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THE PHANTOM RICKSHAW AND OTHER GHOST STORIES (Rudyard Kipling) online
THE MAN WHO WOULD BE KING
"My own notion is that Dan began to go mad in his head from that hour. He stared up and down like a stuck pig. Then he was all for walking back alone and killing the priests with his bare hands; which he could have done. 'An Emperor am I,' says Daniel, 'and next year I shall be a Knight of the Queen.'
"'All right, Dan,' says I; 'but come along now while there's time.'
"'It's your fault,' says he, 'for not looking after your Army better. There was mutiny in the midst, and you didn't know--you damned engine-driving, plate-laying, missionary's-pass-hunting hound!' He sat upon a rock and called me every foul name he could lay tongue to. I was too heart-sick to care, though it was all his foolishness that brought the smash.
"'I'm sorry, Dan,' says I, 'but there's no accounting for natives. This business is our Fifty-seven. Maybe we'll make something out of it yet, when we've got to Bashkai.'
"'Let's get to Bashkai, then,' says Dan, 'and, by God, when I come back here again I'll sweep the valley so there isn't a bug in a blanket left!'
"We walked all that day, and all that night Dan was stumping up and down on the snow, chewing his beard and muttering to himself.
"'There's no hope o' getting clear,' said Billy Fish. 'The priests have sent runners to the villages to say that you are only men. Why didn't you stick on as Gods till things was more settled? I'm a dead man,' says Billy Fish, and he throws himself down on the snow and begins to pray to his Gods.
"Next morning we was in a cruel bad country--all up and down, no level ground at all, and no food, either. The six Bashkai men looked at Billy Fish hungry-way as if they wanted to ask something, but they never said a word. At noon we came to the top of a flat mountain all covered with snow, and when we climbed up into it, behold, there was an Army in position waiting in the middle!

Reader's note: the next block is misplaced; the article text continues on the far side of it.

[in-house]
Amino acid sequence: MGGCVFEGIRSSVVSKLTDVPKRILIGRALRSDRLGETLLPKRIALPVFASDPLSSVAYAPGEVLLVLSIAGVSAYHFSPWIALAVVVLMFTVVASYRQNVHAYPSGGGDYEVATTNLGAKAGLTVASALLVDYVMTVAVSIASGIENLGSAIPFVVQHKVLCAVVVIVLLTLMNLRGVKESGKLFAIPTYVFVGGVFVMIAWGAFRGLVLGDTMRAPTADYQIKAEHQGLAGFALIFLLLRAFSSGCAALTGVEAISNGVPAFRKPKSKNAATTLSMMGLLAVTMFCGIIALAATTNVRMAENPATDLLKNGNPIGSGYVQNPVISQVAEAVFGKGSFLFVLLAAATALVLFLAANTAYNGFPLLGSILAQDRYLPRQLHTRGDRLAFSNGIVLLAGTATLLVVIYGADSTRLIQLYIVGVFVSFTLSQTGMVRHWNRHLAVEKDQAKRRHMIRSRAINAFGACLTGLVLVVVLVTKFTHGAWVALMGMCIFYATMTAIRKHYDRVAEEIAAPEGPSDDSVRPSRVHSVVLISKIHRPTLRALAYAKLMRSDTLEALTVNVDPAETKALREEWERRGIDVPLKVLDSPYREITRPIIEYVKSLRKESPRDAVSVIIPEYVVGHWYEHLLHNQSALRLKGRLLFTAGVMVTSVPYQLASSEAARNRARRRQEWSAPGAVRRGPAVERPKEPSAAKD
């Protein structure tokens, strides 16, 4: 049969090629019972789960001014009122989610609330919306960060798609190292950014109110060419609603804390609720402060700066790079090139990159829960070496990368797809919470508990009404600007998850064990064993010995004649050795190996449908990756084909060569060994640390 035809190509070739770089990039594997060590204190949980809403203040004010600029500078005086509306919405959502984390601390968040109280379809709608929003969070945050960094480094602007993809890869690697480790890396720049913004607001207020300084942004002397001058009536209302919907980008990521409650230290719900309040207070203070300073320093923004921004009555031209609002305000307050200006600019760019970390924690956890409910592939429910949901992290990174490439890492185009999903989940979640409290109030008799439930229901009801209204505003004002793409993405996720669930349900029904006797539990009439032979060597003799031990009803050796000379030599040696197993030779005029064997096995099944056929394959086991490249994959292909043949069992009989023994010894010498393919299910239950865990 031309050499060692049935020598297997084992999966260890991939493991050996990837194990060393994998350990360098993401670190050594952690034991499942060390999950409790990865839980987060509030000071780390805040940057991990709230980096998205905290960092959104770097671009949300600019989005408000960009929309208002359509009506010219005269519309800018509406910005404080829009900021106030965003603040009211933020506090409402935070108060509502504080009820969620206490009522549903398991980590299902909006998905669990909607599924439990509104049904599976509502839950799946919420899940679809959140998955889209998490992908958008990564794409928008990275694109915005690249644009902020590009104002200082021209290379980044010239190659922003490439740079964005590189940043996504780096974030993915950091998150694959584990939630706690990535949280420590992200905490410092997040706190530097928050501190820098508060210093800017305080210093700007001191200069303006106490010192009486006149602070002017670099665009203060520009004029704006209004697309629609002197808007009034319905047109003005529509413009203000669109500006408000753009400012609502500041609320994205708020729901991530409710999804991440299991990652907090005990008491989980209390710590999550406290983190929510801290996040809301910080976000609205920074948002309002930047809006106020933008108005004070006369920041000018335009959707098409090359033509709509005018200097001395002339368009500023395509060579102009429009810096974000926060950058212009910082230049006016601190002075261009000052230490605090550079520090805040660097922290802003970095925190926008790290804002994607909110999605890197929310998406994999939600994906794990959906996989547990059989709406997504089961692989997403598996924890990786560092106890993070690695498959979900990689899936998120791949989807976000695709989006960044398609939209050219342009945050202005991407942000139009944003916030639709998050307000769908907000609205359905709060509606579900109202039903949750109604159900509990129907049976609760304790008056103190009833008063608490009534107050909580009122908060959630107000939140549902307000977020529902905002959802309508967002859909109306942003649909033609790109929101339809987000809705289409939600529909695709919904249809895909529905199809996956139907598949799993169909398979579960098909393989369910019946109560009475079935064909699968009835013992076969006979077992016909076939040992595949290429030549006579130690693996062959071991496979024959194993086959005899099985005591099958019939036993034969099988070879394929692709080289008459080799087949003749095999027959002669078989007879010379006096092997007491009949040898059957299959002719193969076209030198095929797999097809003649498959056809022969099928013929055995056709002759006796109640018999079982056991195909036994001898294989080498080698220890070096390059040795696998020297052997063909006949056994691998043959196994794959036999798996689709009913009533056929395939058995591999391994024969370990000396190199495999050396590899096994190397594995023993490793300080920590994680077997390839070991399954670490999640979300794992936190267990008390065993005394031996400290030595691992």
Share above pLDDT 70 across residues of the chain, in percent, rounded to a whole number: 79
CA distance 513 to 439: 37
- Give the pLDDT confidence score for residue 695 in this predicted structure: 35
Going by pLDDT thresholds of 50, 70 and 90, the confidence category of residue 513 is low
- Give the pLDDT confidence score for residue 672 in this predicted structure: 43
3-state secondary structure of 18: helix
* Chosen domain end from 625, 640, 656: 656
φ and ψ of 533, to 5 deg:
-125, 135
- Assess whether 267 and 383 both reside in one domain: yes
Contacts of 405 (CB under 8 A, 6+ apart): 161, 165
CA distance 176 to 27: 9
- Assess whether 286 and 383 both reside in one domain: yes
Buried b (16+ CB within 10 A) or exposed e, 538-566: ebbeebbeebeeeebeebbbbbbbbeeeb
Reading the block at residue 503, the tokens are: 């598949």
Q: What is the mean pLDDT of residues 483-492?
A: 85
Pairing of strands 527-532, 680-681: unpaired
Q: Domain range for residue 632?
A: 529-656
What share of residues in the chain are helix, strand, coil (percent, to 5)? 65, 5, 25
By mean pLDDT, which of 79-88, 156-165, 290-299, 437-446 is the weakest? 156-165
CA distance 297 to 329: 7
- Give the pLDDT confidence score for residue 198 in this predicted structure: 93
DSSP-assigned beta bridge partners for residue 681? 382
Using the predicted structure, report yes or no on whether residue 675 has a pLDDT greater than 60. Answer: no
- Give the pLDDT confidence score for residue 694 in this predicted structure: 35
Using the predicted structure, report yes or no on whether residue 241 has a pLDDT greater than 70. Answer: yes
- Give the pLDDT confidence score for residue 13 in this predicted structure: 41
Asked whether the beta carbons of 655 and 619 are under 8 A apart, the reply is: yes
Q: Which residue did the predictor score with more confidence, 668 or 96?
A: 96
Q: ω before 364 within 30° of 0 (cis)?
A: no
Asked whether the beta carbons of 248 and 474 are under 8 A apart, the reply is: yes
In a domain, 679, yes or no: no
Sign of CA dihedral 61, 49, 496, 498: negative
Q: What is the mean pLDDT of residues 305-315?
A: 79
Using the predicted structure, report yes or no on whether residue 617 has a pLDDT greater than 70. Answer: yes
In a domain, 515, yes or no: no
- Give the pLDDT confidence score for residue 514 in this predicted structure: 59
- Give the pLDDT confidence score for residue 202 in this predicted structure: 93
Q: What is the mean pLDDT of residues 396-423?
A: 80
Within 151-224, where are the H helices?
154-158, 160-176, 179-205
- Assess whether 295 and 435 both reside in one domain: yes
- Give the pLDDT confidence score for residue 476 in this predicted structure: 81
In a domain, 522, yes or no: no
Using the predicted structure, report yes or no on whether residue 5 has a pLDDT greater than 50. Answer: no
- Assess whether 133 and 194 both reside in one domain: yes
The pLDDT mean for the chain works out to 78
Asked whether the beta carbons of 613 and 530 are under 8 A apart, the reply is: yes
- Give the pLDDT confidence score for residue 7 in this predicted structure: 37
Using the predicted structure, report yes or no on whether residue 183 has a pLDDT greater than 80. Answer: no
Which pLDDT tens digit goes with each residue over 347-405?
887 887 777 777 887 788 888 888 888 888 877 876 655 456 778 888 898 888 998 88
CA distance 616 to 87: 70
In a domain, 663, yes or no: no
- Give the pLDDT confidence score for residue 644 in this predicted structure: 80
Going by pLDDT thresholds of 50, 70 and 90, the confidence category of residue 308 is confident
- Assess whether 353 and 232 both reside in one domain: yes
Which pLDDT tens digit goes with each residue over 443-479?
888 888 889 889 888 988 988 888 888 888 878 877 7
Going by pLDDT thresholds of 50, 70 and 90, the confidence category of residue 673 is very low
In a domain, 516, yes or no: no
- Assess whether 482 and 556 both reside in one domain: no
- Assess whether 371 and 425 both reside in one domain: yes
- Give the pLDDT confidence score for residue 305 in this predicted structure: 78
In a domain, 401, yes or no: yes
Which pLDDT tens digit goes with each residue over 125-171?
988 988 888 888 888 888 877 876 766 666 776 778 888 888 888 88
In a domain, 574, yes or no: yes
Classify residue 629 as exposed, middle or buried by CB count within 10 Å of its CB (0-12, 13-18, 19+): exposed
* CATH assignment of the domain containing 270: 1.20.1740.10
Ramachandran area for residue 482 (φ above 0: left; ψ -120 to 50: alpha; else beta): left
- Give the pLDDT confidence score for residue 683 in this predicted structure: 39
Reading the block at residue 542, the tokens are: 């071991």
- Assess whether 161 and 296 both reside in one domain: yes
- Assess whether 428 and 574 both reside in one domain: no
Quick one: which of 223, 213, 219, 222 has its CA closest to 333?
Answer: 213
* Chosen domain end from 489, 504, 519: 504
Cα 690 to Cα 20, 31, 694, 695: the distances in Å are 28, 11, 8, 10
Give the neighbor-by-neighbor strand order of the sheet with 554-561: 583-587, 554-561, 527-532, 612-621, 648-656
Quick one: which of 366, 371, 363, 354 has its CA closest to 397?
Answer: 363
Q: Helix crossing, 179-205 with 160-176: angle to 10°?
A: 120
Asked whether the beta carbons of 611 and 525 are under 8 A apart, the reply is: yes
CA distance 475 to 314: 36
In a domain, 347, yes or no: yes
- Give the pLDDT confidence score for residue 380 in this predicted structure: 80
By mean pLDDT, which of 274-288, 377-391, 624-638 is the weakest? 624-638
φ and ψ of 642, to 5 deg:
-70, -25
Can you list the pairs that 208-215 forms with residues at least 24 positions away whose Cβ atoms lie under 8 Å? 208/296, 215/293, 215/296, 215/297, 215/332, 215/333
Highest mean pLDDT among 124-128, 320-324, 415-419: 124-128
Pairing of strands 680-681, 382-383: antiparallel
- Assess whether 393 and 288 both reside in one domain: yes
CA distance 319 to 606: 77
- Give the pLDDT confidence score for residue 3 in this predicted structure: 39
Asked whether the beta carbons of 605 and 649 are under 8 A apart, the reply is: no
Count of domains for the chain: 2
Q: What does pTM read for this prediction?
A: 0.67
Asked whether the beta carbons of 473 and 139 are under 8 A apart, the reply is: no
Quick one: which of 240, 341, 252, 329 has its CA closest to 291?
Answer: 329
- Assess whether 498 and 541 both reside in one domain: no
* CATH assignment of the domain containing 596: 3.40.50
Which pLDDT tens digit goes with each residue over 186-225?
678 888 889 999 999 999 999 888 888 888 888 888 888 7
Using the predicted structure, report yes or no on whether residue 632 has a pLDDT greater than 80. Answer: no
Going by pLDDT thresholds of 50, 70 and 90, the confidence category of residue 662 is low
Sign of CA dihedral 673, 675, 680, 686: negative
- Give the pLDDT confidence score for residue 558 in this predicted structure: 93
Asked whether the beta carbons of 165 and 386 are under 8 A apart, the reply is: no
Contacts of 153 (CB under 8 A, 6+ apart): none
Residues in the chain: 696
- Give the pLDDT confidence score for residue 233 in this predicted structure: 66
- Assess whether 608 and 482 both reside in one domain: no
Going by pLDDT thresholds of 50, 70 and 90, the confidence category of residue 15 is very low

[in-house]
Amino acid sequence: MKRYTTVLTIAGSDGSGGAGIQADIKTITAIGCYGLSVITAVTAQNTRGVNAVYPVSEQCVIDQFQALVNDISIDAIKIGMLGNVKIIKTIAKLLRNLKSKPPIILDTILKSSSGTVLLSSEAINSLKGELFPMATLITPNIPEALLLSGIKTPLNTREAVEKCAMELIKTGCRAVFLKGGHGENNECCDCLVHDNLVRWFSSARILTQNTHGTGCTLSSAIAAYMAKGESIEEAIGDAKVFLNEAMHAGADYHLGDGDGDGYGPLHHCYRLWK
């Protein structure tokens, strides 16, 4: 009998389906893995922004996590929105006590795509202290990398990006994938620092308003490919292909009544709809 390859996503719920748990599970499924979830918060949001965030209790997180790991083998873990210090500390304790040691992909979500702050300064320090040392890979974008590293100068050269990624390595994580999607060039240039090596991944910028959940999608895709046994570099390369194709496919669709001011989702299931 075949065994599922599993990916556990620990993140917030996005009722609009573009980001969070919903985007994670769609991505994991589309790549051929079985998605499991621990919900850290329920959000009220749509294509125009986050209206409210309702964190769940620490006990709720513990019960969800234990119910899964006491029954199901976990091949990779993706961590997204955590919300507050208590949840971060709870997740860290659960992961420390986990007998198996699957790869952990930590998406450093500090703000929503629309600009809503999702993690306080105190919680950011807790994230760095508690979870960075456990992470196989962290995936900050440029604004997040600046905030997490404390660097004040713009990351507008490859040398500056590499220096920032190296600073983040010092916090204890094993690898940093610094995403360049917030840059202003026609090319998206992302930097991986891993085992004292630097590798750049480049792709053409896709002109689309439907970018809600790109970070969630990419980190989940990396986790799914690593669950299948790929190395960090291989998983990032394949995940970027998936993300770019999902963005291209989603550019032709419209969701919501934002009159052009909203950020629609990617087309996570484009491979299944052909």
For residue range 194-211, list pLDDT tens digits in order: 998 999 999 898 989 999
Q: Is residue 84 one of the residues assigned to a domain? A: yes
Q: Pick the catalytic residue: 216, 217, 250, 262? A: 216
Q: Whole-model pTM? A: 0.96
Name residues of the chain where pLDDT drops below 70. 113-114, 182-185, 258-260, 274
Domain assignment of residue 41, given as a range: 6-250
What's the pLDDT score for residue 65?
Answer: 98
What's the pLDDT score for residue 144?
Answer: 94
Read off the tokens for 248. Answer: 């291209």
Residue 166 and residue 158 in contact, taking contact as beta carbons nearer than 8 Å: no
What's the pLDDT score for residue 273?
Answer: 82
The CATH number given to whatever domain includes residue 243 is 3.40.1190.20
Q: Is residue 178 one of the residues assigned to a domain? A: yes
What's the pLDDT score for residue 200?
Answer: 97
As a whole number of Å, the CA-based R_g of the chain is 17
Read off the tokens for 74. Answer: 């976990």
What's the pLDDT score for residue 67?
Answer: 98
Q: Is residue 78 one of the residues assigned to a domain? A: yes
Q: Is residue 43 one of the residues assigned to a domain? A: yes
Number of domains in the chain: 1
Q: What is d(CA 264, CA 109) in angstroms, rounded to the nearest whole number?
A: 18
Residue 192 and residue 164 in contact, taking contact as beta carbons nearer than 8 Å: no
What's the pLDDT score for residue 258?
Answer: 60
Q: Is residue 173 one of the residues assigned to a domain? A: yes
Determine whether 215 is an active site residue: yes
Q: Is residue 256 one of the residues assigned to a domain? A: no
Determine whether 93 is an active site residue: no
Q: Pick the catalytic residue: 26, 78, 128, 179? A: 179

"'The runners have been very quick,' says Billy Fish, with a little bit of a laugh. 'They are waiting for us.'
"Three or four men began to fire from the enemy's side, and a chance shot took Daniel in the calf of the leg. That brought him to his senses. He looks across the snow at the Army, and sees the rifles that we had brought into the country.
"'We're done for,' says he. 'They are Englishmen, these people,--and it's my blasted nonsense that has brought you to this. Get back, Billy Fish, and take your men away; you've done what you could, and now cut for it. Carnehan,' says he, 'shake hands with me and go along with Billy. Maybe they won't kill you. I'll go and meet 'em alone. It's me that did it! Me, the King!'
"'Go!' says I. 'Go to Hell, Dan! I'm with you here. Billy Fish, you clear out, and we two will meet those folk.'
"'I'm a Chief,' says Billy Fish, quite quiet. 'I stay with you. My men can go.'
"The Bashkai fellows didn't wait for a second word, but ran off, and Dan and Me and Billy Fish walked across to where the drums were drumming and the horns were horning. It was cold--awful cold. I've got that cold in the back of my head now. There's a lump of it there."
The punka-coolies had gone to sleep. Two kerosene lamps were blazing in the office, and the perspiration poured down my face and splashed on the blotter as I leaned forward. Carnehan was shivering, and I feared that his mind might go. I wiped my face, took a fresh grip of the piteously mangled hands, and said, "What happened after that?"